Base 4dr All-wheel Drive
2010 Lexus RX 350

MSRP ?

$39,025
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EngineEngine 3.5LV-6
MPGMPG 18 City / 24 Hwy
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2010 RX 350 Overview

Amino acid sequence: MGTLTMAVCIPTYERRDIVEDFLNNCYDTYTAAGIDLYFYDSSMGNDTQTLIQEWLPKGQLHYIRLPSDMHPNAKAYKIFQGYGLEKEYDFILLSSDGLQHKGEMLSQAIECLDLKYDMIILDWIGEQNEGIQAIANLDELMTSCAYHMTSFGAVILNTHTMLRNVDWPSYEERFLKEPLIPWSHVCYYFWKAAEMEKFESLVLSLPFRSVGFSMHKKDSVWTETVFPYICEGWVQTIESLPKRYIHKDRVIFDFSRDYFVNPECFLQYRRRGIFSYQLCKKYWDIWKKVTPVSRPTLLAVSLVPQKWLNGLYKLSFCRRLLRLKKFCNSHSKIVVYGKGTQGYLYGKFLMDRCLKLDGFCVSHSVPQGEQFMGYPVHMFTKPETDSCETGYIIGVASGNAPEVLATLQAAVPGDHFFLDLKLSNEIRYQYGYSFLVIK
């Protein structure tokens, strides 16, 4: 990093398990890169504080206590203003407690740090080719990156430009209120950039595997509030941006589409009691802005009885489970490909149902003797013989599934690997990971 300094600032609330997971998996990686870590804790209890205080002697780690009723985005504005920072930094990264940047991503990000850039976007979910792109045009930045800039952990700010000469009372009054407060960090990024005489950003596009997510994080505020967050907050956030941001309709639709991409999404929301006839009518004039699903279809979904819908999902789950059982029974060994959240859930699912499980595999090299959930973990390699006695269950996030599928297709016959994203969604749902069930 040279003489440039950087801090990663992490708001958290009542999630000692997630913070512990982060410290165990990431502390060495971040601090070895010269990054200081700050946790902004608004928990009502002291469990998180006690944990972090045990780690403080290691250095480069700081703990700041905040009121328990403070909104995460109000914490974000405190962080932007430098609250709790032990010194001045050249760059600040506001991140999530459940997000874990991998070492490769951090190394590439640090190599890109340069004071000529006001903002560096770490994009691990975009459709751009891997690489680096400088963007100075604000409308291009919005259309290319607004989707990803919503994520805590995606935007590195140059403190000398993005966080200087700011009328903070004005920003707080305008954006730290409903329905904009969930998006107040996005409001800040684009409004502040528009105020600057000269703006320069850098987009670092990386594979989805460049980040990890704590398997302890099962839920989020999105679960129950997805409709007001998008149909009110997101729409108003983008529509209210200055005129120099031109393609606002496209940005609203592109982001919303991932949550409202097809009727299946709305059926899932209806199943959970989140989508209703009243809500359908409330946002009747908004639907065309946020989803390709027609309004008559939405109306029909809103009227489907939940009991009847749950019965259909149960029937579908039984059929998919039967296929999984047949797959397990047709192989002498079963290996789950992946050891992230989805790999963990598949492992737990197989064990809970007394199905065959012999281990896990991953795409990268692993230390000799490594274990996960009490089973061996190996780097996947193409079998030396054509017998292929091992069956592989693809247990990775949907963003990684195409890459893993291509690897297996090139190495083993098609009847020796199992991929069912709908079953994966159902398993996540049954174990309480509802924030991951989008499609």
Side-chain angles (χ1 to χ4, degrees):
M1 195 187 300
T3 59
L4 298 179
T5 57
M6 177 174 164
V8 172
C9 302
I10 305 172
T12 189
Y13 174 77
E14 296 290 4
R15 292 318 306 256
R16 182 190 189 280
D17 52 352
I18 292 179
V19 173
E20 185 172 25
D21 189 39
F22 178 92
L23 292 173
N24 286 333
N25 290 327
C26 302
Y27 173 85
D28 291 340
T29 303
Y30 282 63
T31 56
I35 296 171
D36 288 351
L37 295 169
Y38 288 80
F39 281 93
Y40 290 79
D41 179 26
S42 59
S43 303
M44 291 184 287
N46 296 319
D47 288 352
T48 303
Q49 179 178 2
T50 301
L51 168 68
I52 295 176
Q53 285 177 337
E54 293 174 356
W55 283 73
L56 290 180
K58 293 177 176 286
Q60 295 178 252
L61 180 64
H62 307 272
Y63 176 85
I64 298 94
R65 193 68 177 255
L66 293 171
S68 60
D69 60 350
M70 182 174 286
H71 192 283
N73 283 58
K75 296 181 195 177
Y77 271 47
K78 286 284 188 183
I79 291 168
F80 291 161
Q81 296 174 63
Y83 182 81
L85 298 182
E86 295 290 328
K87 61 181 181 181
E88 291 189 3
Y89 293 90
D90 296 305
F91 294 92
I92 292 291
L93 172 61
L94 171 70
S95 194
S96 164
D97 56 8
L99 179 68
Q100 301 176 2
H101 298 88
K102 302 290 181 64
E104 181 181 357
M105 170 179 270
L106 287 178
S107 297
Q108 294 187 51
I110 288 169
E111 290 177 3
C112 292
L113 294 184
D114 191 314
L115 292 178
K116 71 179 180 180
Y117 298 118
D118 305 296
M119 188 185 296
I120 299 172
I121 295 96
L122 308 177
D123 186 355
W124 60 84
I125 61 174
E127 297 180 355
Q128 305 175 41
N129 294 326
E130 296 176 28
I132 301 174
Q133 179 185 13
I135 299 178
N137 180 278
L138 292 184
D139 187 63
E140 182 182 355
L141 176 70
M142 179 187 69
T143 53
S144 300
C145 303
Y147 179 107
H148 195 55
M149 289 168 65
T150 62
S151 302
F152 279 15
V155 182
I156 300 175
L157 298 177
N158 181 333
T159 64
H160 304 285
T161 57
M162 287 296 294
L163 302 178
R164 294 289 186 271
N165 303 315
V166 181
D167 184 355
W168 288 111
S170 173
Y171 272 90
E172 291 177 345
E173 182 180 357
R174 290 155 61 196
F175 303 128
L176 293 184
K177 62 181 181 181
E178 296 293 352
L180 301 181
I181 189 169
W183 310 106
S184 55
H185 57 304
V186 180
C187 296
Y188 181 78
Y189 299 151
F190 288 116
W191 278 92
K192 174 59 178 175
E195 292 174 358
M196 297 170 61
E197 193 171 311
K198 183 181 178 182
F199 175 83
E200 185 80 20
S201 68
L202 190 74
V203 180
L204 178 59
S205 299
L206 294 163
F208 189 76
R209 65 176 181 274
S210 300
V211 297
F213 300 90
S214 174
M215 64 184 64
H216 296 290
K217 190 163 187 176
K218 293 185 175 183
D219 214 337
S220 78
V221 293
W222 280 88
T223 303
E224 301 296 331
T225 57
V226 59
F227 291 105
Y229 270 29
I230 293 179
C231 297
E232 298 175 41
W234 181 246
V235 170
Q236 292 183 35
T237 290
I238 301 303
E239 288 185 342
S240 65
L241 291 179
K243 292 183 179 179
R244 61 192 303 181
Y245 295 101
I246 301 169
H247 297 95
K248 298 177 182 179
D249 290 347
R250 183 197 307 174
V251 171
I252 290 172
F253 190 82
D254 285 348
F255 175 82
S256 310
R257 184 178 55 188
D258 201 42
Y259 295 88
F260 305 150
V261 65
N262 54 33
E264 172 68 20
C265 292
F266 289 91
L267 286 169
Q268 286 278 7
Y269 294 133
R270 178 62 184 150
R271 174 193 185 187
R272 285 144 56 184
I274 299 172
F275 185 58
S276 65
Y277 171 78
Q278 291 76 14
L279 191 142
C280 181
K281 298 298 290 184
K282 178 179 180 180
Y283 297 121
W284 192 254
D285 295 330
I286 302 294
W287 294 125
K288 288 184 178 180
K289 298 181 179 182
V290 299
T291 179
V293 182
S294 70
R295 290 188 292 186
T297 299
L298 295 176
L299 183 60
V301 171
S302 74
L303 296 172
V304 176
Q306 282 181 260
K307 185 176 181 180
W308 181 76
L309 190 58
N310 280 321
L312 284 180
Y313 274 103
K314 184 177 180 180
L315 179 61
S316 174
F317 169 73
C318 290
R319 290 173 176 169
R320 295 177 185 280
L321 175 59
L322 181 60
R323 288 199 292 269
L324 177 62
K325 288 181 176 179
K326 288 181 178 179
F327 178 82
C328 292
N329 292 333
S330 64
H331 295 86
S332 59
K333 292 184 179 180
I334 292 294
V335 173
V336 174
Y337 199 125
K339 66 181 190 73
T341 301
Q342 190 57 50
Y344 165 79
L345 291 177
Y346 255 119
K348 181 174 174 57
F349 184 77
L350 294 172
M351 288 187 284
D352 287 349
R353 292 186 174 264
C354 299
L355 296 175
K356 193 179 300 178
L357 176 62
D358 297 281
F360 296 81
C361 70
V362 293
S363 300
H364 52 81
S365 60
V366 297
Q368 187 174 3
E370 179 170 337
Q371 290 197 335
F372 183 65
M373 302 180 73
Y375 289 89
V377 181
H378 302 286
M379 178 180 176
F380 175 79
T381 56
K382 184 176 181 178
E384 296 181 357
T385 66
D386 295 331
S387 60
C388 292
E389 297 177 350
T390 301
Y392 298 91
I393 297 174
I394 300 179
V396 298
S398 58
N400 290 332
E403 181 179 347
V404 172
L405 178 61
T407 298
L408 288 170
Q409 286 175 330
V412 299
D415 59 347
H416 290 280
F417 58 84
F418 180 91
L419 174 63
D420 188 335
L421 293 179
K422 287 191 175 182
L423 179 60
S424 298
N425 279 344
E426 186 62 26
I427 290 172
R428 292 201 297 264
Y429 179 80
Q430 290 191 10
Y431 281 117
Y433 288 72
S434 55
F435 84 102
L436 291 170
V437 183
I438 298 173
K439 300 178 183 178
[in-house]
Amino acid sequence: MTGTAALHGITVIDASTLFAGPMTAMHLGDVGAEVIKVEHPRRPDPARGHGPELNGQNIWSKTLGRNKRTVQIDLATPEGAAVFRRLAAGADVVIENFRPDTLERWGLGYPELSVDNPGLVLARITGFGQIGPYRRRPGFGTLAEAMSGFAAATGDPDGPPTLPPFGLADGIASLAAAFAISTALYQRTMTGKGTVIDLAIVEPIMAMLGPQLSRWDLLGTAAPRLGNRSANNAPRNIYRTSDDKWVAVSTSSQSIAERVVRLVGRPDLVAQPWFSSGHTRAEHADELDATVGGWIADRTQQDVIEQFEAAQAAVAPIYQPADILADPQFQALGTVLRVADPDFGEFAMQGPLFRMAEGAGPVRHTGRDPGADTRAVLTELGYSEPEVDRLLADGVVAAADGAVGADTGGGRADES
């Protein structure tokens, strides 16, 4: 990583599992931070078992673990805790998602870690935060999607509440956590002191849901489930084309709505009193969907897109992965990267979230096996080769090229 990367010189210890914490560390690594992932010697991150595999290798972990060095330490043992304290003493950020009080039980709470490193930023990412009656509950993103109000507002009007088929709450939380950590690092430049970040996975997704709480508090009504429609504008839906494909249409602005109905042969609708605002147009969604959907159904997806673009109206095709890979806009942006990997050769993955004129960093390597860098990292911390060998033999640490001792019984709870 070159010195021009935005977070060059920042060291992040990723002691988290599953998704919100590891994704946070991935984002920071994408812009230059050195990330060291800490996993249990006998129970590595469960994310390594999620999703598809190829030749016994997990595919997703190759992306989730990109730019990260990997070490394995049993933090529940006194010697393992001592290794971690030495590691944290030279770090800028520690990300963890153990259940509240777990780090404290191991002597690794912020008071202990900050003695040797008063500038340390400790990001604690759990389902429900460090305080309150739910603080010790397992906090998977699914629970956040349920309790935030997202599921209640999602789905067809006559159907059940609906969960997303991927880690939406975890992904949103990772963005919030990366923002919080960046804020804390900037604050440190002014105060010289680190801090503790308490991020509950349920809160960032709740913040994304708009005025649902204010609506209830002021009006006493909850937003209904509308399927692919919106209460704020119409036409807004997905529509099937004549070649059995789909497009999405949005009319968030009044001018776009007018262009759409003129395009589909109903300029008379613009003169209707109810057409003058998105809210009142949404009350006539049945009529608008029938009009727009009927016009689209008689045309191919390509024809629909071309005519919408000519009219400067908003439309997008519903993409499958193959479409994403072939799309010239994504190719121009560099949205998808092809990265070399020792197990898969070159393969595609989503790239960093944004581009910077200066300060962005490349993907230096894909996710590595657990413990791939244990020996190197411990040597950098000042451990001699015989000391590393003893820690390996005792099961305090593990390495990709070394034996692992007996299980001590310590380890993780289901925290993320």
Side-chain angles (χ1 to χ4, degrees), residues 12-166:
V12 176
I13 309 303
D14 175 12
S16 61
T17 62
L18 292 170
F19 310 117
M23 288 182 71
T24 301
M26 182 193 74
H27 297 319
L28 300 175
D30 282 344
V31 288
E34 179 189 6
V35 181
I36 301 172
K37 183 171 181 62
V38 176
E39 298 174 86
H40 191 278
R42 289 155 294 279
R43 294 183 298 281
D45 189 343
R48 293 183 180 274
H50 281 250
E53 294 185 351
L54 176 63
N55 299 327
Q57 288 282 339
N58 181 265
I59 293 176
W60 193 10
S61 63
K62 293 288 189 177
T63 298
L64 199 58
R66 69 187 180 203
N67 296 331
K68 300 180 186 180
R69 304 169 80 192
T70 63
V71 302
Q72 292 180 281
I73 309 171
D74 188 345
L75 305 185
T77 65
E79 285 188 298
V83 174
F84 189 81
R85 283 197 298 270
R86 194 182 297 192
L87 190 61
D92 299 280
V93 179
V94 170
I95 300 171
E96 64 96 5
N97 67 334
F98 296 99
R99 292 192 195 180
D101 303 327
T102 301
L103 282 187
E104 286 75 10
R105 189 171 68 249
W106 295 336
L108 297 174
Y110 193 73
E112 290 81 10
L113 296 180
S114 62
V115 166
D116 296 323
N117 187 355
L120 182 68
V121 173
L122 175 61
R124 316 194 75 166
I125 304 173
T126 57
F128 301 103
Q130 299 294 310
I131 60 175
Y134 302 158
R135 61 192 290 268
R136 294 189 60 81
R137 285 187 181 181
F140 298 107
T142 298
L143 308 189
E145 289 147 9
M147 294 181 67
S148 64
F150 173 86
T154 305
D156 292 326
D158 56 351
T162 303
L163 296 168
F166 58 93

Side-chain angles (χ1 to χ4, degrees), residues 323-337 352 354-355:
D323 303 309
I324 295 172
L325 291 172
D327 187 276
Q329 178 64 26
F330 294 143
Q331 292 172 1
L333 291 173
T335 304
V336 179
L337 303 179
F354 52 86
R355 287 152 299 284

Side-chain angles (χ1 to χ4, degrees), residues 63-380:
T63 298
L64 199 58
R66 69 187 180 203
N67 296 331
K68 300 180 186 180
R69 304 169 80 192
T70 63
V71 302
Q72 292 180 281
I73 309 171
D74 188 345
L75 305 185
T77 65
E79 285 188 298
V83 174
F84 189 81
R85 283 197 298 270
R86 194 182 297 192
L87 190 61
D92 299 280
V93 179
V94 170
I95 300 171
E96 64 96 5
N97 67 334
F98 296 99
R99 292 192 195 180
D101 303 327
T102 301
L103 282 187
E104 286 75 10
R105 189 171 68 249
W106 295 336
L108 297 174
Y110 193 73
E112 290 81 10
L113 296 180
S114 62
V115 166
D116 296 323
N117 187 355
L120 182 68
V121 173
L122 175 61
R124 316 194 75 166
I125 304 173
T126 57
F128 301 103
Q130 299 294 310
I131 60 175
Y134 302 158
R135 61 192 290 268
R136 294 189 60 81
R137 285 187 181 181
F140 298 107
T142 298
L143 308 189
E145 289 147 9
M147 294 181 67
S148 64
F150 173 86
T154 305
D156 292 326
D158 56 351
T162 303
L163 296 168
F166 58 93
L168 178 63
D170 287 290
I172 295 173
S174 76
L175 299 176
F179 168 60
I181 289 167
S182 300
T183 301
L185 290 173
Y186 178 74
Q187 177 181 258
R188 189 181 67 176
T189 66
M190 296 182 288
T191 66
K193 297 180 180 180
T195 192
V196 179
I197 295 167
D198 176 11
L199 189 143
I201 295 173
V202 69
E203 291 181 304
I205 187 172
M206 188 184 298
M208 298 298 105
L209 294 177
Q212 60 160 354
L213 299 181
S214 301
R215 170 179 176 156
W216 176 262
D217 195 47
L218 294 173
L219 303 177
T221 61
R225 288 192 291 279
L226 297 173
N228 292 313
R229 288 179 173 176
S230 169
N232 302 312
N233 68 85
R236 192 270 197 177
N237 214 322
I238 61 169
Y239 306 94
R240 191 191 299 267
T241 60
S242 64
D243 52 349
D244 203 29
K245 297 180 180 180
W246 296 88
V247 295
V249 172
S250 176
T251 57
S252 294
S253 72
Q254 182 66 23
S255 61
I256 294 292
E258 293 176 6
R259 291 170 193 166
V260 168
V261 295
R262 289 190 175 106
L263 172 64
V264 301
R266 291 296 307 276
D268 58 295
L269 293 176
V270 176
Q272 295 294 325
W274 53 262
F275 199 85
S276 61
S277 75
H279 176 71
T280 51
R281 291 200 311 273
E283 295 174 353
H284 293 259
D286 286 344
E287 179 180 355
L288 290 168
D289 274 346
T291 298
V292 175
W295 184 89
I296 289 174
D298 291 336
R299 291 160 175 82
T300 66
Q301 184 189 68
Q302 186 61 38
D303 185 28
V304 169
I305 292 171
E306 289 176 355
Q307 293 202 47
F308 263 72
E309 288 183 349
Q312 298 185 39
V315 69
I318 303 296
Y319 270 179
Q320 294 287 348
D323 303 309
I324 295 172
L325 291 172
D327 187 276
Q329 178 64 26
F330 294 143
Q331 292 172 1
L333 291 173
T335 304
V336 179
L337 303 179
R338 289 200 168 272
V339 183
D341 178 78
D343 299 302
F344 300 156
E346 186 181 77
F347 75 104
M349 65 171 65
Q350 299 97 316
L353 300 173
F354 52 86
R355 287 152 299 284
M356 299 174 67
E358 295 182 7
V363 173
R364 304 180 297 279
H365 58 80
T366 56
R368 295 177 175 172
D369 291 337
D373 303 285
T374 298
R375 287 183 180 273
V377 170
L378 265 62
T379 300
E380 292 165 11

2010 Lexus RX350 and RX450h – Click above for high-res image gallery Few vehicles have done more to establish a genre and define a brand as much as the Lexus RX. Introduced over a decade ago to suburbanite real estate agents and their Napa-weekending friends, the original RX300 helped boost Lexus sales by 60% when it hit dealers in late 1998. Over the ensuing years, Lexus' posh people mover slowly evolved to include a hybrid drivetrain, a refreshed exterior and tasteful appointments that helped solidify its success. For 2010, the RX plays the same tune but adds a few more instruments, a new backbeat and reworked crescendo. %Gallery-41004% Photos Copyright ©2008 Damon Lavrinc / Weblogs, Inc. Try as we might to fight tooth-and-nail for the original CUV – the loved and loathed AMC Eagle – the Lexus RX foisted the crossover concept onto center stage and proved to the public there was a credible alternative to joining the SUV set. The styling was inoffensive, the interior was typical late-90s luxury and – being a unibody vehicle – the ride was astoundingly smooth compared to the SUV-turned-Rapper's Delight sold at Lincoln and Cadillac dealerships. The 2010 Lexus RX brings more of the same, beginning with a reworked exterior that adopts the L-finesse design theme and grows in several dimensions. The rolling jellybean aesthetic of the outgoing model is ditched in favor of sharp creases and broad shoulders that give the RX a more hunkered-down appearance while still remaining innocuous. The RX's newfound stance is thanks to a 2.2-inch wider track in front and a 2.6-inch stretch in the rear, along with a wheelbase that spans 107.9 inches. The added girth improves interior room and helps handling, but the 2010 RX pays the poundage piper for its widened proportions and added safety. The standard RX350 in front-wheel-drive spec packs on almost 500 pounds over its predecessor, while the AWD version deals with an additional 400 pounds of mass. The RX450h doesn't fair much better, with the FWD version motivating an additional 460 pounds and the AWD model carrying an extra 445 pounds. Despite the added weight, and helped in part by revised drivetrains and a coefficient of drag of 0.33, fuel efficiency is up across the range, with the RX350 returning 18/25 city/highway in FWD trim and 18/24 with AWD, while the RX450h FWD gets 28/27 and the AWD variant achieves 28/26. The grille, headlamps and tail-lamps are far more dynamic, and tie in nicely to the tweaked C-pillar, swage lines and subtle roof-mounted spoiler that completely conceals the rear window wiper and houses the AM/FM antenna. The RX450h features a smattering of blue tinting on the front and rear emblems, headlights, tail-lights and "hybrid" logos to set it apart from its standard sibling. Base models are fitted with halogen headlamps and 18-inch wheels, while HIDs, 19-inch rolling stock and a "sport" package that features revised dampers, stiffer bushings and a recalibrated electronic power steering rack are optional. The L-finesse philosophy …